Exploring the Role of Shelf Sediments in the Arctic Ocean in Determining the Arctic Contamination Potential of Neutral Organic Contaminants
Cited 0 times inCited 3 times in
- Exploring the Role of Shelf Sediments in the Arctic Ocean in Determining the Arctic Contamination Potential of Neutral Organic Contaminants
- Armitage, James M.; Choi, Sung-Deuk; Meyer, Torsten; Brown, Trevor N.; Wania, Frank
- Air-water; Arctic contamination potentials; Arctic ocean; Emission scenario; Hydrophobic organic chemicals; Long term simulation; Organic contaminant; Partition coefficient; Pelagic food web; Polychlorinated biphenyl congener; Primary emissions; Shelf sediment; Surface ocean; Total mass
- Issue Date
- AMER CHEMICAL SOC
- ENVIRONMENTAL SCIENCE & TECHNOLOGY, v.47, no.2, pp.923 - 931
- The main objective of this study was to model the contribution of shelf sediments in the Arctic Ocean to the total mass of neutral organic contaminants accumulated in the Arctic environment using a standardized emission scenario for sets of hypothetical chemicals and realistic emission estimates (1930-2100) for polychlorinated biphenyl congener 153 (PCB-153). Shelf sediments in the Arctic Ocean are shown to be important reservoirs for neutral organic chemicals across a wide range of partitioning properties, increasing the total mass in the surface compartments of the Arctic environment by up to 3.5-fold compared to simulations excluding this compartment. The relative change in total mass for hydrophobic organic chemicals with log air water partition coefficients >= 0 was greater than for chemicals with properties similar to typical POPs. The long-term simulation of PCB-153 generated modeled concentrations in shelf sediments in reasonable agreement with available monitoring data and illustrate that the relative importance of shelf sediments in the Arctic Ocean for influencing surface ocean concentrations (and therefore exposure via the pelagic food web) is most pronounced once primary emissions are exhausted and secondary sources dominate. Additional monitoring and modeling work to better characterize the role of shelf sediments for contaminant fate is recommended.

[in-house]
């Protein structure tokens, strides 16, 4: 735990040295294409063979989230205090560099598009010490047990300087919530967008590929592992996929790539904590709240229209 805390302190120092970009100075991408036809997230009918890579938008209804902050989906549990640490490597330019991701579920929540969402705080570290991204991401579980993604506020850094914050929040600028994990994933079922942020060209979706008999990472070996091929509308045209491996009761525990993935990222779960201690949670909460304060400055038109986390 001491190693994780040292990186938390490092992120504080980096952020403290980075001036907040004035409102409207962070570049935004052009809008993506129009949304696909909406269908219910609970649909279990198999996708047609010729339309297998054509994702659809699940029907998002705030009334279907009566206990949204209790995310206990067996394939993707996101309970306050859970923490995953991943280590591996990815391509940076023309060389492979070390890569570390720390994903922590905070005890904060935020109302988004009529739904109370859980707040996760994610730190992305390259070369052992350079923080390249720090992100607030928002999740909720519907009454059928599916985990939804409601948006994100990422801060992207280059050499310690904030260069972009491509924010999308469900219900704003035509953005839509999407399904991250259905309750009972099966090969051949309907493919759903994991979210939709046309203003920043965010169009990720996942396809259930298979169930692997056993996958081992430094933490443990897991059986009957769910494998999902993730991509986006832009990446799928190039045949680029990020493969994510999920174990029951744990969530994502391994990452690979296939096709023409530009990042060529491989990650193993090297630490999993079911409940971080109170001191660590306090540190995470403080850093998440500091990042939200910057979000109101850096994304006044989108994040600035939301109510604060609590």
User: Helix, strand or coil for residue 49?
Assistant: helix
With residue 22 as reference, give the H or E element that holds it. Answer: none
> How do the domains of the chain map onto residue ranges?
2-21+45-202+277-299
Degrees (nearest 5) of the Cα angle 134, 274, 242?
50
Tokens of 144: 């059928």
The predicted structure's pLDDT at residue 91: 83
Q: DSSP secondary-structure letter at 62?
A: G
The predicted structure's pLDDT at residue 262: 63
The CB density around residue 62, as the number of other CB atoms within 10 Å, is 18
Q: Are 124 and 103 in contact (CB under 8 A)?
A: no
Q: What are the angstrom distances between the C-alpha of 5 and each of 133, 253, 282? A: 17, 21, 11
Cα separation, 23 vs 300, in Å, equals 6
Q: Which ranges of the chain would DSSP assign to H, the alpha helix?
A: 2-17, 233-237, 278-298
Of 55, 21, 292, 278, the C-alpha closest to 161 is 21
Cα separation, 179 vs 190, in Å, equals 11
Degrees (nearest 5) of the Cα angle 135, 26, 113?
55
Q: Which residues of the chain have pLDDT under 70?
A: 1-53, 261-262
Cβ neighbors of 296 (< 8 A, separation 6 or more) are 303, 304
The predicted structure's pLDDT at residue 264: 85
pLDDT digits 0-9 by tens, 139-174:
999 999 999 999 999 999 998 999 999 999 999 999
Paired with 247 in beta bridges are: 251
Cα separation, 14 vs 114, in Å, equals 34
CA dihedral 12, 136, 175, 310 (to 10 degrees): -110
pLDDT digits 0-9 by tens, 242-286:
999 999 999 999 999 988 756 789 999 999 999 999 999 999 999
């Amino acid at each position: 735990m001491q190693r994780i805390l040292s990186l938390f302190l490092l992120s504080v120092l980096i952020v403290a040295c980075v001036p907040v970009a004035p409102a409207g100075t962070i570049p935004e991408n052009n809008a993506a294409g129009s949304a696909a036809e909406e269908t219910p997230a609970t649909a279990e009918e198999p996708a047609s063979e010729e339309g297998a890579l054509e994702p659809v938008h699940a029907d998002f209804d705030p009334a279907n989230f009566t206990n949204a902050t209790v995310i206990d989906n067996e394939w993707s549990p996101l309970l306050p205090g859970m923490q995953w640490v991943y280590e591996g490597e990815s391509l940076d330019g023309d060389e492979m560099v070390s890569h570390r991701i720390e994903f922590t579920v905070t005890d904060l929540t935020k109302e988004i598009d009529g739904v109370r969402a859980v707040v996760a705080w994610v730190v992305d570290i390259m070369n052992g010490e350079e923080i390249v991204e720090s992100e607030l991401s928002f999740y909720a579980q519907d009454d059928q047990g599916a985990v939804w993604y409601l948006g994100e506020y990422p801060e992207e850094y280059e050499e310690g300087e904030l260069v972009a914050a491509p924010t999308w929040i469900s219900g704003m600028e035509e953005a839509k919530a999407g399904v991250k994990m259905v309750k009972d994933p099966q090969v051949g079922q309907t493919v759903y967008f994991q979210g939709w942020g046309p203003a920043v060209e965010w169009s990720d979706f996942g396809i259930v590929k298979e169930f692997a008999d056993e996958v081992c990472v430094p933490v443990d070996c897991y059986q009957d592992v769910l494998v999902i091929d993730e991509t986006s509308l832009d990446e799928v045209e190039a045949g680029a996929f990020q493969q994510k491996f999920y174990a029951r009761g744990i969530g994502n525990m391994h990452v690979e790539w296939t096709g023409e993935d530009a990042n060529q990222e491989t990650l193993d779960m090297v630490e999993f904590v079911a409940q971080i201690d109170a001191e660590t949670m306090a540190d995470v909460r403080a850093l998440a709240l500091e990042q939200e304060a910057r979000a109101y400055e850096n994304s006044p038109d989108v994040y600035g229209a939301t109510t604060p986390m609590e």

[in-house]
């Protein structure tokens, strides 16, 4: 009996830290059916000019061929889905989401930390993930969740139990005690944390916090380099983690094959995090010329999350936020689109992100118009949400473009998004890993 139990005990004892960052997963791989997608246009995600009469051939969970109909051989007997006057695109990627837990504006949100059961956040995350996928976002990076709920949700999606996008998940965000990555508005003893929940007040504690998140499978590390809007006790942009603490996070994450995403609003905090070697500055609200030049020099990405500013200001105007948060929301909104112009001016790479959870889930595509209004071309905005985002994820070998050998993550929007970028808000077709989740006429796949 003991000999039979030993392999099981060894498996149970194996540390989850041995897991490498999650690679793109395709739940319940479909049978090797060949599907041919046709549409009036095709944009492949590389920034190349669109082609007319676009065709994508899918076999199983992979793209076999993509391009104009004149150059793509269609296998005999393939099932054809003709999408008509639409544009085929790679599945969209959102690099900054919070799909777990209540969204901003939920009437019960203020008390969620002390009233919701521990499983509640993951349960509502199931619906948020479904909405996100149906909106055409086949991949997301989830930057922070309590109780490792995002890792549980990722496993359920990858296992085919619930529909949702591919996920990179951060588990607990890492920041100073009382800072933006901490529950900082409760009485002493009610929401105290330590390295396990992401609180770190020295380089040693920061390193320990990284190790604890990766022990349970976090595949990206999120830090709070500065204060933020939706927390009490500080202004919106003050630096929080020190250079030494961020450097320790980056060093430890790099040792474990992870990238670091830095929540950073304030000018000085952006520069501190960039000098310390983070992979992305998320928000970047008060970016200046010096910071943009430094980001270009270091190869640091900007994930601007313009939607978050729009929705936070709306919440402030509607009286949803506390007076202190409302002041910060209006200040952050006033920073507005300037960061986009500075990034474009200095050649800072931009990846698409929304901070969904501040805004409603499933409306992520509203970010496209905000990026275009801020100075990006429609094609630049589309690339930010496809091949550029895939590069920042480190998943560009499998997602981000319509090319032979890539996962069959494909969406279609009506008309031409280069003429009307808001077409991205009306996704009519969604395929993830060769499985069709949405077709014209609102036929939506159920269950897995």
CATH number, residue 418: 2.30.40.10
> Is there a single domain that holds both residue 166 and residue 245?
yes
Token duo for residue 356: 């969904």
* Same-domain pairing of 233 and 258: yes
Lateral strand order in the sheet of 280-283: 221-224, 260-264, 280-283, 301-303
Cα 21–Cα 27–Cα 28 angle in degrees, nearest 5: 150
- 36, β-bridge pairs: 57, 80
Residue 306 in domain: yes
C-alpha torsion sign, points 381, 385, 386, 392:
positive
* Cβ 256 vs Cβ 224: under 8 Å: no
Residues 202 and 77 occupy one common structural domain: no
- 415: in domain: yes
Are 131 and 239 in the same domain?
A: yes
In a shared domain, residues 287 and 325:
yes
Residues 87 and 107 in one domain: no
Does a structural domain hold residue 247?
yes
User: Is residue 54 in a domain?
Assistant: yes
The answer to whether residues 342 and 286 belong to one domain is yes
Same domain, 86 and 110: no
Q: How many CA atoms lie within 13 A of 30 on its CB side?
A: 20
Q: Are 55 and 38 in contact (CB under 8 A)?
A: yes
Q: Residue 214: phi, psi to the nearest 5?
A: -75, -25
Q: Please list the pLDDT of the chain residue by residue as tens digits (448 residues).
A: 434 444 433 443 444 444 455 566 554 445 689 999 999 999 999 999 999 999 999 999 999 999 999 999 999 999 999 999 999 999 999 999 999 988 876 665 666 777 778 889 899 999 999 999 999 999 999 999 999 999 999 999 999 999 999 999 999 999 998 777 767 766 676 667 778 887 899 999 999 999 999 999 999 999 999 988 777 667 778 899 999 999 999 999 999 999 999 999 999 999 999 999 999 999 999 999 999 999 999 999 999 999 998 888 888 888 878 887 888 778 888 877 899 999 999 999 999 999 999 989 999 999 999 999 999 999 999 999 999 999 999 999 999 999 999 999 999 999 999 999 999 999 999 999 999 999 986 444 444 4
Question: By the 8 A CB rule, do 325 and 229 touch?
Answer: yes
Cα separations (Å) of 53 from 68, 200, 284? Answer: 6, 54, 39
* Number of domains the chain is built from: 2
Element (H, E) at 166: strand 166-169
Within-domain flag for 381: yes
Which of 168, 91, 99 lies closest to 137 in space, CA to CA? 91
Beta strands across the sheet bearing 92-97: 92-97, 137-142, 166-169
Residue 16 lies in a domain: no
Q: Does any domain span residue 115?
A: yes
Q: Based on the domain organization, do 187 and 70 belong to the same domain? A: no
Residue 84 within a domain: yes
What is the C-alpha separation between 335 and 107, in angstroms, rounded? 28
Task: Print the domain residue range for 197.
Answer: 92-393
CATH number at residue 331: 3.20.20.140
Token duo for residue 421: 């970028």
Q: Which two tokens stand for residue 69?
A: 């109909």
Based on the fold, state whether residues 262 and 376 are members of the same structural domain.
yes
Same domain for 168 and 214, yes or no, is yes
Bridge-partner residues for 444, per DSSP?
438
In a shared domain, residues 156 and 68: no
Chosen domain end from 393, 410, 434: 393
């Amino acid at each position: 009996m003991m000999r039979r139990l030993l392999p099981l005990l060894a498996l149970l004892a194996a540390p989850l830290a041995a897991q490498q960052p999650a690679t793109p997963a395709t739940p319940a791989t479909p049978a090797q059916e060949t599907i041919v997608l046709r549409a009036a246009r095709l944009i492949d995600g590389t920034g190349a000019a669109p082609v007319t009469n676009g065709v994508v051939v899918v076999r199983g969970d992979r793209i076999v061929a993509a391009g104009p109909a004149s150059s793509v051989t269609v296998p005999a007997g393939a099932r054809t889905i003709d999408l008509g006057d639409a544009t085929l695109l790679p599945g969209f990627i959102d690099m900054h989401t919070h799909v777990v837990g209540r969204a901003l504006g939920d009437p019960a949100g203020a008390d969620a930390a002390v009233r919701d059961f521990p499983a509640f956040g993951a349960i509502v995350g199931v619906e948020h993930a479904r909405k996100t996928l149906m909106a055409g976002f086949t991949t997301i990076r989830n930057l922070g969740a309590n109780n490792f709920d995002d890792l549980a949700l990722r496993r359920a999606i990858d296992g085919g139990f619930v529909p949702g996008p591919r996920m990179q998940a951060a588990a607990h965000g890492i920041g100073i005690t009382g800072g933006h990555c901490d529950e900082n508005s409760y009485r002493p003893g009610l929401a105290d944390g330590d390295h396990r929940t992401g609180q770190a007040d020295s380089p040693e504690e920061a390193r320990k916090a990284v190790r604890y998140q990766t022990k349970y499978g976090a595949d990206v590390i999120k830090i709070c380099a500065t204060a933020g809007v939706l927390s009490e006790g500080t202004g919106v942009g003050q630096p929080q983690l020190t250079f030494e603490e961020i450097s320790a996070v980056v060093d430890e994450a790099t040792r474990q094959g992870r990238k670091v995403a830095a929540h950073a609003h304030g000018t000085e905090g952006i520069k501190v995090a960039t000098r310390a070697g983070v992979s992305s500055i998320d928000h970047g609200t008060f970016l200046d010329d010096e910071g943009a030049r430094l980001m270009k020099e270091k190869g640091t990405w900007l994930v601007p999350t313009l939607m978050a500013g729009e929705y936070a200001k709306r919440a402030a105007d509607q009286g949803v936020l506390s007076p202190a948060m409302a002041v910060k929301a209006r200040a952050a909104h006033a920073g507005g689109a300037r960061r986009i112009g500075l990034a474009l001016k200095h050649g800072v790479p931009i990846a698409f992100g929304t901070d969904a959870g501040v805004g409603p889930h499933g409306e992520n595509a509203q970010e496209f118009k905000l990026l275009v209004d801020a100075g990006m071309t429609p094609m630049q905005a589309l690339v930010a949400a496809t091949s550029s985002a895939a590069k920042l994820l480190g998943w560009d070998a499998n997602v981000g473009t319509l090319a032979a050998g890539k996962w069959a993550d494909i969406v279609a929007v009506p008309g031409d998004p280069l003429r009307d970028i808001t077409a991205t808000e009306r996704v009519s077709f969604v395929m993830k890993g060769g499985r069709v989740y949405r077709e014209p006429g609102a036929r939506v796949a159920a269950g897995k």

- ; Go to Link
Appears in Collections:
- UEE_Journal Papers
can give you direct access to the published full text of this article. (UNISTARs only)
Show full item record
Items in DSpace are protected by copyright, with all rights reserved, unless otherwise indicated.